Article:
Old traditions and ancient customs relive in Christmas here in Abruzzo, within the picturesque snow-capped mountains. The days before Christmas Eve, bagpipers come down from the Gran Sasso and the Majella mountains to warm up the villages with Christmas nenias. That’s the signal that the feast is approaching.
Photo courtesy of Antonio Bini
Typical of the Christmas period are also the living nativity scenes, which are still today set up in large part of Abruzzo. Particularly striking is the one inside the Grotte di Stiffe. The most important however is the crib of Rivisondoli, represented by the magnificent mountain scenery of this village, whose old town turns into a little Bethlehem till the Epiphany.
But the starring role of many Christmas traditions in Abruzzo is for the fire, because of its symbolic and practical value. In some areas we find the traditional rite of the yule log. When winter comes, families get their firewood and the “tecchie” is the biggest log that is put aside to be burned on Christmas night, staying in the fireplace until the New Year’s Eve. More wood is always added, slowly burning for twelve days – twelve like the months of the year and the Apostles, to bring about a new year full of wealth and abundance.
This ritual combines two propitiatory elements: the fire, that symbolizes sun and life, and the depleting log, the end of the passed year and of all its negativities. The embers of the log are considered sacred. On the first day of the new year they are lit up again in the fields and, once extinguished, scattered on the clumps as a propitiatory rite.
Another famous bonfire is the one in Nerito, in the province of Teramo: it is lit on December 24 and then fed every day by the citizens until the Epiphany.
In Santo Stefano di Sante Marie, on the night of December 24 there is a procession with the “ntosse” (torches) that ends in front of a huge bonfire called “La Capanna” (The Hut). According to the tradition, the direction of the smoke foresees abundance of chestnuts, if the smoke goes west; crops, if it goes south; grapes, if it goes east; or famine, if the smoke goes north.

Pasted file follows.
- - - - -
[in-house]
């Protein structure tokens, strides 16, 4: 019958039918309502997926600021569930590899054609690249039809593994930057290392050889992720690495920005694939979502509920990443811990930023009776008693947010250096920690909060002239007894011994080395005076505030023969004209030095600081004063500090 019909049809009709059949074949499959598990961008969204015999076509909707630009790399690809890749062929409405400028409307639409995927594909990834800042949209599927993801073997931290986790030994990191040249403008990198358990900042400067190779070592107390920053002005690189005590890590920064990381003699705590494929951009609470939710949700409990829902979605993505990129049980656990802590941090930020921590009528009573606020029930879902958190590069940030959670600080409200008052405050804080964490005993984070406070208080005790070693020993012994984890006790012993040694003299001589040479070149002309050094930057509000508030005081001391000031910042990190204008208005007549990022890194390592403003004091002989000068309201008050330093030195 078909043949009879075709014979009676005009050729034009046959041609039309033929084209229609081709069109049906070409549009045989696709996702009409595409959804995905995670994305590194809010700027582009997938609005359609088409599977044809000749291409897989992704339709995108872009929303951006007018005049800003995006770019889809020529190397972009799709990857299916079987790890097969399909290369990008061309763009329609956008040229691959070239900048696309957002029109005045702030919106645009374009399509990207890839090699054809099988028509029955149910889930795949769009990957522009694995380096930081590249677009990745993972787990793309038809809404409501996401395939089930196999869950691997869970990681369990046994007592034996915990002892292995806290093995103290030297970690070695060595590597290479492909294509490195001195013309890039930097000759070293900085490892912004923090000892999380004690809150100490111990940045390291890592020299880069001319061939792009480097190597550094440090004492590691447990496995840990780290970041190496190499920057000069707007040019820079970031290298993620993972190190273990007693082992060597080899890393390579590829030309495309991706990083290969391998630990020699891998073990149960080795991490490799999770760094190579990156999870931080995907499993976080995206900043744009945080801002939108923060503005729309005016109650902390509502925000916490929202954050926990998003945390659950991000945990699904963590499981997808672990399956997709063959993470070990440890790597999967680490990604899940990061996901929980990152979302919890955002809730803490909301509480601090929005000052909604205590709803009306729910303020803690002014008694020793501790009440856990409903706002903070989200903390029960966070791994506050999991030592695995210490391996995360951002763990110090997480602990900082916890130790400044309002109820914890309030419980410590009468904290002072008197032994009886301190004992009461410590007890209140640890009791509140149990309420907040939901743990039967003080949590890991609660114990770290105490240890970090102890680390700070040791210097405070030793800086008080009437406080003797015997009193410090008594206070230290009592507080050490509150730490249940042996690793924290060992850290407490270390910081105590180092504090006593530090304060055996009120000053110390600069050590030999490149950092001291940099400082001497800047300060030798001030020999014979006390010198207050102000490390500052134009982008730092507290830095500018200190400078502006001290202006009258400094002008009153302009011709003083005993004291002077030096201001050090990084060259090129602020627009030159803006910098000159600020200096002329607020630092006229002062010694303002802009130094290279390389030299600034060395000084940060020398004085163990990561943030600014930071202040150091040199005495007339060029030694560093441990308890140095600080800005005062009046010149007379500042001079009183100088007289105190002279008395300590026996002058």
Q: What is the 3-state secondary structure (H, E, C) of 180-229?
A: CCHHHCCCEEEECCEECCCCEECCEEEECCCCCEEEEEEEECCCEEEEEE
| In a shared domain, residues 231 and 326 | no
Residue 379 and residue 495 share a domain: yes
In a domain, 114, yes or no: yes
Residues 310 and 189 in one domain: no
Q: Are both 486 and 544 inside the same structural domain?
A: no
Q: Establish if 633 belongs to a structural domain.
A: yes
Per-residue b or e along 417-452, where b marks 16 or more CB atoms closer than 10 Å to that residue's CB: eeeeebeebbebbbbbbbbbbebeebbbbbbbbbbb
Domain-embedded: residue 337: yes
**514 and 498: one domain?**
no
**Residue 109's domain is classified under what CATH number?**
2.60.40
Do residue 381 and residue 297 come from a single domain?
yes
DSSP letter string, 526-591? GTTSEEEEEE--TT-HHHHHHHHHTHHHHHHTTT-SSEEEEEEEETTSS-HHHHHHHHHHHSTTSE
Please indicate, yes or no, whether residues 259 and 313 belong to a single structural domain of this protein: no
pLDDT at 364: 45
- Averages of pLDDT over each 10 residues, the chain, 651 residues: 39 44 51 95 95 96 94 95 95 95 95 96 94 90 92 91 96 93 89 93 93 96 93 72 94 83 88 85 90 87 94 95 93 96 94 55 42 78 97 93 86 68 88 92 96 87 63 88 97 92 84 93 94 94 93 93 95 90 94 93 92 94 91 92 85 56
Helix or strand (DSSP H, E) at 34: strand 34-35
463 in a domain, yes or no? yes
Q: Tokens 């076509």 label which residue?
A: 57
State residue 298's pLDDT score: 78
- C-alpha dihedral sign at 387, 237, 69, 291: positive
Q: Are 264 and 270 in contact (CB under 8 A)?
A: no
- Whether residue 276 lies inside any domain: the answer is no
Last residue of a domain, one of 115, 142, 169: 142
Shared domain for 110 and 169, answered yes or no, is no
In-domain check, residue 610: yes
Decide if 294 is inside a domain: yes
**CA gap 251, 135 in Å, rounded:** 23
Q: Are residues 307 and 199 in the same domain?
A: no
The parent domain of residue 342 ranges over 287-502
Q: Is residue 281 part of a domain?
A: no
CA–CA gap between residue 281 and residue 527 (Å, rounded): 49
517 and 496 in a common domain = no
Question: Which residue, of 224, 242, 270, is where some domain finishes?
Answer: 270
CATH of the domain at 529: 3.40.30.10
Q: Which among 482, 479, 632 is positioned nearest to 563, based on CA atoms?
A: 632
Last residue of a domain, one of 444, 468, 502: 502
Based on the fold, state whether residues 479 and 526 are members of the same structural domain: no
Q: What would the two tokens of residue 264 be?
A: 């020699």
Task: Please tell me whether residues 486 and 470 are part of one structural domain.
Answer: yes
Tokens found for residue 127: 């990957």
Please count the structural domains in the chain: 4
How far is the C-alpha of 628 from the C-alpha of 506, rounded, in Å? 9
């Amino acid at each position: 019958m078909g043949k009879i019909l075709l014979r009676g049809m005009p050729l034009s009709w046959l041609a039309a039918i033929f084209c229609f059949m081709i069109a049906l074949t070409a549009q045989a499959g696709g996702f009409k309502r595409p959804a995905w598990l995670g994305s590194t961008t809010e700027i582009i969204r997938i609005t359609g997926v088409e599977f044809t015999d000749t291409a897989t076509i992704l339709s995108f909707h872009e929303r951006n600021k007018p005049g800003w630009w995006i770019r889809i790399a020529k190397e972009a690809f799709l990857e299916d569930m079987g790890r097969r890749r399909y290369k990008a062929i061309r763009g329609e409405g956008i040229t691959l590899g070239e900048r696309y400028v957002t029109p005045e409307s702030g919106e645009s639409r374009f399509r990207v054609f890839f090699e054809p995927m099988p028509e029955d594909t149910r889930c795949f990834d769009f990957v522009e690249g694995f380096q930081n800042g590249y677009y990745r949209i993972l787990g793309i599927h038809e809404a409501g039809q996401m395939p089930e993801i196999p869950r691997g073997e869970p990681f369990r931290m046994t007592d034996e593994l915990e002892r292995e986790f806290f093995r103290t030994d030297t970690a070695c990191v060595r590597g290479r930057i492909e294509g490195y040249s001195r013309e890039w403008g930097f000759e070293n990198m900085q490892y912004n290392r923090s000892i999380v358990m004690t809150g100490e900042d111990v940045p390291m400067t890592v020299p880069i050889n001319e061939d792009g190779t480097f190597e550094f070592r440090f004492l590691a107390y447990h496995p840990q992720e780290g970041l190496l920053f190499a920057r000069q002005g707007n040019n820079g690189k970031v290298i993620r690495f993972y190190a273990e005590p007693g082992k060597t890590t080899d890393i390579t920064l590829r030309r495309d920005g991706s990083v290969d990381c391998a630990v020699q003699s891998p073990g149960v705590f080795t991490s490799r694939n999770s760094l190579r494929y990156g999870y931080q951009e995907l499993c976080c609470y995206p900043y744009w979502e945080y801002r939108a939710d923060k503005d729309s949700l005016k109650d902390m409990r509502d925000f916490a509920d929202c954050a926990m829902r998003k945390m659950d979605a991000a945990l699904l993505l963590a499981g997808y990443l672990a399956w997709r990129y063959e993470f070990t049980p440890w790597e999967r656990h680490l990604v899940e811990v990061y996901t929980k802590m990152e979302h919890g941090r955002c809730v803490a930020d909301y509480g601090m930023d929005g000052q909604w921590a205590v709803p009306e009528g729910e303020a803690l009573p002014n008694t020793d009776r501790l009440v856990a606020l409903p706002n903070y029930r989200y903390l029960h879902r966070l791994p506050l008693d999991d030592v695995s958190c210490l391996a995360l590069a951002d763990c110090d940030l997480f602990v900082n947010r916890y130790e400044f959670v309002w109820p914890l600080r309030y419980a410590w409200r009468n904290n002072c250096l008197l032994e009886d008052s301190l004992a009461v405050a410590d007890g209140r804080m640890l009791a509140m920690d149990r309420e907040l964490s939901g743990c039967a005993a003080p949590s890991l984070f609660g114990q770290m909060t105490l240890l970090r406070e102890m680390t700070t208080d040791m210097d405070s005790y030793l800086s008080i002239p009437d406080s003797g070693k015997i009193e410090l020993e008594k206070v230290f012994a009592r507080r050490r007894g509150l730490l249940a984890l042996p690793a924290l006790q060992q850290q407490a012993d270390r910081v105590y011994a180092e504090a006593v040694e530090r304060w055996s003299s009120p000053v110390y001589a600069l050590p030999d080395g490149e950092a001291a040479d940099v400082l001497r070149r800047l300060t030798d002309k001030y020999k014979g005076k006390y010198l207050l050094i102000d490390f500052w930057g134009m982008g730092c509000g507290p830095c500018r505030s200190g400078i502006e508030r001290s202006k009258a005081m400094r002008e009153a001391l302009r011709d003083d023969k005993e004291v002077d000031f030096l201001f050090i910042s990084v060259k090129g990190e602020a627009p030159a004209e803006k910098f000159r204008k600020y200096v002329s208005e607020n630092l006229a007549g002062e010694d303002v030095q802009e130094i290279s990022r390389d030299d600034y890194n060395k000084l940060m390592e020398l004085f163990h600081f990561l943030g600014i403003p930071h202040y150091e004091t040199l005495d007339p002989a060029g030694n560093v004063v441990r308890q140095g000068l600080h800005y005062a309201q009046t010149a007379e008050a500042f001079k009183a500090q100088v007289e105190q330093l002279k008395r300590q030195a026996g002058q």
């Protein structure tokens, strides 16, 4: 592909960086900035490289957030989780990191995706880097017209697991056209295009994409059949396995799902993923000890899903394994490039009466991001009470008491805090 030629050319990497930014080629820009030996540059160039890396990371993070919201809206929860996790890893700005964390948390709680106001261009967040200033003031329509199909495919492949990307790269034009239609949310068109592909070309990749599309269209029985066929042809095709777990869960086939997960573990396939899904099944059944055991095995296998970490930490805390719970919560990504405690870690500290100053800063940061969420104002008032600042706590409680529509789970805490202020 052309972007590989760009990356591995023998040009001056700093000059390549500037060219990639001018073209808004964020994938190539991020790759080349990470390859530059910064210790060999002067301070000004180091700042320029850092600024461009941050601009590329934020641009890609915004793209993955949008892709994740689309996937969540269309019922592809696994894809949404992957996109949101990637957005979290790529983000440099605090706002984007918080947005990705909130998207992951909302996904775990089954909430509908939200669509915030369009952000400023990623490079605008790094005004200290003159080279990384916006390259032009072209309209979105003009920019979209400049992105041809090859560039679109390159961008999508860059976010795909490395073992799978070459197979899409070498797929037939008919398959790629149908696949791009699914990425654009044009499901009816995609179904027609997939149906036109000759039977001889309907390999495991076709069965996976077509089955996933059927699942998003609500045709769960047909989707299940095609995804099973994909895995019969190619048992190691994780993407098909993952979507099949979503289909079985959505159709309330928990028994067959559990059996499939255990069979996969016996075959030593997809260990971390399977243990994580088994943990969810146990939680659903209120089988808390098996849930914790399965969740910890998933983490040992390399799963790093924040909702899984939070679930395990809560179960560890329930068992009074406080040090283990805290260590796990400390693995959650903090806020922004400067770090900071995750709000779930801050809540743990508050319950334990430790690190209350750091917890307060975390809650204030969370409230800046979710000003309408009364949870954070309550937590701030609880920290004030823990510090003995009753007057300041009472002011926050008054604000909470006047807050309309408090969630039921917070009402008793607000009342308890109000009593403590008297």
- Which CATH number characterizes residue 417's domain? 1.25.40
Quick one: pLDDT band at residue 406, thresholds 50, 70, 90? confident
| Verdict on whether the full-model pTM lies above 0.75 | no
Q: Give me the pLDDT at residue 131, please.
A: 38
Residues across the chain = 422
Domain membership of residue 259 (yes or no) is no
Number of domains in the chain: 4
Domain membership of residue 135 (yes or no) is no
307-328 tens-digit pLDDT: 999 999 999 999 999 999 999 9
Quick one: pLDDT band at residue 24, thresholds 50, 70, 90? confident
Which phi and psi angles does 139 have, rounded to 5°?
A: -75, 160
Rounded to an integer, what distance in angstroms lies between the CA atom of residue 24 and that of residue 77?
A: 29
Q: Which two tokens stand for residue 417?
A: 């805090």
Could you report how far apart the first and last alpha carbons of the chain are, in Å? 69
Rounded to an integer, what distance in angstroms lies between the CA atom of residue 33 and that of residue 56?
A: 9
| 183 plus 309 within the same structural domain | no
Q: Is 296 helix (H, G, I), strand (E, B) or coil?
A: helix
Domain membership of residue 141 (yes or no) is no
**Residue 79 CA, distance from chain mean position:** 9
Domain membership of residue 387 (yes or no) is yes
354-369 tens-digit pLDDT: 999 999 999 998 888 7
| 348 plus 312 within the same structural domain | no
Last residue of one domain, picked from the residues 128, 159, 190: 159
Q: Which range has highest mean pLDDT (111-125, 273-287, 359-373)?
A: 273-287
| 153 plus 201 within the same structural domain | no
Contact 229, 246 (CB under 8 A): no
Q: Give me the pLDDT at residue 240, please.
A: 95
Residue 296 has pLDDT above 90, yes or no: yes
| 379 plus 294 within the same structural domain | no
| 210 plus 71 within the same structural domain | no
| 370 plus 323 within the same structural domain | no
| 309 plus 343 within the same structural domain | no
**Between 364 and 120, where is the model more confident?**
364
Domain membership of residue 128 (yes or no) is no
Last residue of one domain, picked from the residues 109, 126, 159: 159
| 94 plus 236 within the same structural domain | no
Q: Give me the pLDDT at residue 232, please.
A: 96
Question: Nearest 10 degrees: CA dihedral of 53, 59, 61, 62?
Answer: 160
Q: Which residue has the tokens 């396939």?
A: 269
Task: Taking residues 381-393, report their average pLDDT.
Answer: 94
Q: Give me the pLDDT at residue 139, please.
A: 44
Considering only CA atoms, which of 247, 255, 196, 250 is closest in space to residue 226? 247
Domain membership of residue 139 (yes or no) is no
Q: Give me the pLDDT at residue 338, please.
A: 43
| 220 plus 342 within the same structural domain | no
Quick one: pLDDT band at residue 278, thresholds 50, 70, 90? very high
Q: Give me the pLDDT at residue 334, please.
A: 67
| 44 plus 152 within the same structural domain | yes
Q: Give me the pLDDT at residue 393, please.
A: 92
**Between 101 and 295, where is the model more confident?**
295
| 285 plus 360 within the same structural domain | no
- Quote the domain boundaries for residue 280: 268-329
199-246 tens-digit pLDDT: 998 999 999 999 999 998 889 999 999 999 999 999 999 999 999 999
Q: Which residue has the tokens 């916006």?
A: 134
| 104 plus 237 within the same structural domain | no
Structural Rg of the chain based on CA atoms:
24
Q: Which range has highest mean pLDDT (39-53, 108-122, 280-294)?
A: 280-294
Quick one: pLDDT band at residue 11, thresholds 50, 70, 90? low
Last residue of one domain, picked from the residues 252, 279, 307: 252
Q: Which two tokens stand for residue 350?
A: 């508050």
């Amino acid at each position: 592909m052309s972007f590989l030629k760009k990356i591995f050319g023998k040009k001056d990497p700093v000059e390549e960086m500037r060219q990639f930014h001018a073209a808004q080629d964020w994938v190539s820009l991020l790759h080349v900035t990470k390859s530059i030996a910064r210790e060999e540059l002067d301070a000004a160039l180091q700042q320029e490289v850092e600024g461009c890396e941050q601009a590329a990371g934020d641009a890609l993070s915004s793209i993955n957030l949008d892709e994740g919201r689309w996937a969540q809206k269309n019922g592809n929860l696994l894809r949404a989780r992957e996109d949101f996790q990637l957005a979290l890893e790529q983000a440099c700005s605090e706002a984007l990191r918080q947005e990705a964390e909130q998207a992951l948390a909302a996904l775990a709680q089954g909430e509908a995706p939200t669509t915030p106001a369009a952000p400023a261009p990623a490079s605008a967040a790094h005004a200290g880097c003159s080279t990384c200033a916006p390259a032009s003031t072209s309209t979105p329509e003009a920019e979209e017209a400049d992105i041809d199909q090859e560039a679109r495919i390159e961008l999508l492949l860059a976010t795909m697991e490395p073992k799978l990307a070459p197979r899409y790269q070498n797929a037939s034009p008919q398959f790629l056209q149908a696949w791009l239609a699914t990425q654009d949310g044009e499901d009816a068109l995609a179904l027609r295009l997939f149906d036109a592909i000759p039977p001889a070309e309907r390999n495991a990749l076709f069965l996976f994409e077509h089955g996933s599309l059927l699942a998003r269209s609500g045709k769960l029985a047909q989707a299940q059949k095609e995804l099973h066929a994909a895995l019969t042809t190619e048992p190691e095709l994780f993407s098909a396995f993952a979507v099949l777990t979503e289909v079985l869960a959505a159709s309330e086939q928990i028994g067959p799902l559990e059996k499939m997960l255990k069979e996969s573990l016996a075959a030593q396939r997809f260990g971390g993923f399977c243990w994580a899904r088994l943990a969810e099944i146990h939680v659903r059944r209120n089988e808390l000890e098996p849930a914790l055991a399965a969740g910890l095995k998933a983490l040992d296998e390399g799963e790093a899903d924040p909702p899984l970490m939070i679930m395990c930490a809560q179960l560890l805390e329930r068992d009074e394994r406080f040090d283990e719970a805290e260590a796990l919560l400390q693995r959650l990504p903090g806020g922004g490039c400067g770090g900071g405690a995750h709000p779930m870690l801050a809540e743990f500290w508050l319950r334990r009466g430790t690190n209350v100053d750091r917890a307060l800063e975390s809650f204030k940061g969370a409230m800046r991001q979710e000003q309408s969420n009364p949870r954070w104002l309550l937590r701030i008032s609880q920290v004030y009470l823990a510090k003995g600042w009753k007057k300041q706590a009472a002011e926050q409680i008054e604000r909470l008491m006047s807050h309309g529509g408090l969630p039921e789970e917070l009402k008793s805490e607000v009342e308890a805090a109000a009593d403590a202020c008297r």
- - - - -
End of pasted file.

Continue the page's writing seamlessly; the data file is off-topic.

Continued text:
Its origins date back to 1607, when on December 23 Paolo Tasso, Archbishop of Lanciano, began to go on a penitential pilgrimage to Iconicella church to commemorate the journey of Joseph and Mary to Bethlehem.
This devotional practice was accompanied by the ringing of the Squilla, the sound of church bells, and ended with the pastoral embrace with his faithful that extended feelings of solidarity and love even in the family.
Even today, towards dusk of December 23, the streets of the town are filled with people who comes and goes. At 18:00 the bell placed on the civic tower begins to sound giving the signal to all the other churches in the city that in an hour will begin to peal.
Since this moment people begin to warmly exchange Christmas wishes, on their way to the procession from Piazza del Plebiscito moving to the church on which Tasso went, where they hold a short Mass focused on the themes of solidarity and friendship.
All that is carried out in one hour because at 19:00 the people of Lanciano run to their home, where a family snug ritual awaits them.
From that moment, when they hear the chimes solemn of all the churches of the town (the Squilla) all family members gather in the home of the older relative.
The progenitor goes into a room to reflect trend of the year and is preparing spiritually to welcome the younger. The others stand in line from oldest to youngest, waiting for the bell rings to enter and kiss the hand to the elderly.
It’s just the little domestic procession that often marks the overcoming of small misunderstandings or the pacification of contrasts. it is useful to strengthen the bond of the family as the fulcrum of everyone’s life in the most magical time of the year.
Young people and the parents exhchange wishes, blessing and Christmas gifts.
In fact, while the rest of Italy is divided between exchange gifts on the night of 24 or on 25 morning, in Lanciano the gifts are exchanged on the day of the “Squilla”, compromising the key role of Santa Claus.
Afterwards the whole family gathered around a table spread for the party, though less lavish than expected for the eve.